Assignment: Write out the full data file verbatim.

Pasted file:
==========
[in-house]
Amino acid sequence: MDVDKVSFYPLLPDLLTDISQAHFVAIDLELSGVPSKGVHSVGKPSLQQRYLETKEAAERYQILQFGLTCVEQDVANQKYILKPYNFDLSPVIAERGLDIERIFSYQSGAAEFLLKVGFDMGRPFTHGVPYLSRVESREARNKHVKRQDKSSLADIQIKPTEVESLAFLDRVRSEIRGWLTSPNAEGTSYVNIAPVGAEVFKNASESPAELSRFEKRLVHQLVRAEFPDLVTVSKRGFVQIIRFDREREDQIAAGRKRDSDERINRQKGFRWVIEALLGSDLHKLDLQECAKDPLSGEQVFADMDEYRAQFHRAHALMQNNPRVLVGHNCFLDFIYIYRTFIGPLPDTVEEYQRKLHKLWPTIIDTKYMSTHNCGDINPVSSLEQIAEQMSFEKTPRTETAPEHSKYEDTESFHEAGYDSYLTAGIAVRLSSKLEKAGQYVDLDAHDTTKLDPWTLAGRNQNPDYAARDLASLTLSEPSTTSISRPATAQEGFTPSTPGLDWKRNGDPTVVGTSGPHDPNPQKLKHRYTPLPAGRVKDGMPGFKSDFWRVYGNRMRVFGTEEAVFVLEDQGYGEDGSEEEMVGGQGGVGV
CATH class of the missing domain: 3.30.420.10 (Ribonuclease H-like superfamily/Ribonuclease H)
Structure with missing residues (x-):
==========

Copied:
[in-house]
Amino acid sequence: MDVDKVSFYPLLPDLLTDISQAHFVAIDLELSGVPSKGVHSVGKPSLQQRYLETKEAAERYQILQFGLTCVEQDVANQKYILKPYNFDLSPVIAERGLDIERIFSYQSGAAEFLLKVGFDMGRPFTHGVPYLSRVESREARNKHVKRQDKSSLADIQIKPTEVESLAFLDRVRSEIRGWLTSPNAEGTSYVNIAPVGAEVFKNASESPAELSRFEKRLVHQLVRAEFPDLVTVSKRGFVQIIRFDREREDQIAAGRKRDSDERINRQKGFRWVIEALLGSDLHKLDLQECAKDPLSGEQVFADMDEYRAQFHRAHALMQNNPRVLVGHNCFLDFIYIYRTFIGPLPDTVEEYQRKLHKLWPTIIDTKYMSTHNCGDINPVSSLEQIAEQMSFEKTPRTETAPEHSKYEDTESFHEAGYDSYLTAGIAVRLSSKLEKAGQYVDLDAHDTTKLDPWTLAGRNQNPDYAARDLASLTLSEPSTTSISRPATAQEGFTPSTPGLDWKRNGDPTVVGTSGPHDPNPQKLKHRYTPLPAGRVKDGMPGFKSDFWRVYGNRMRVFGTEEAVFVLEDQGYGEDGSEEEMVGGQGGVGV
CATH class of the missing domain: 3.30.420.10 (Ribonuclease H-like superfamily/Ribonuclease H)
Structure with missing residues (x-):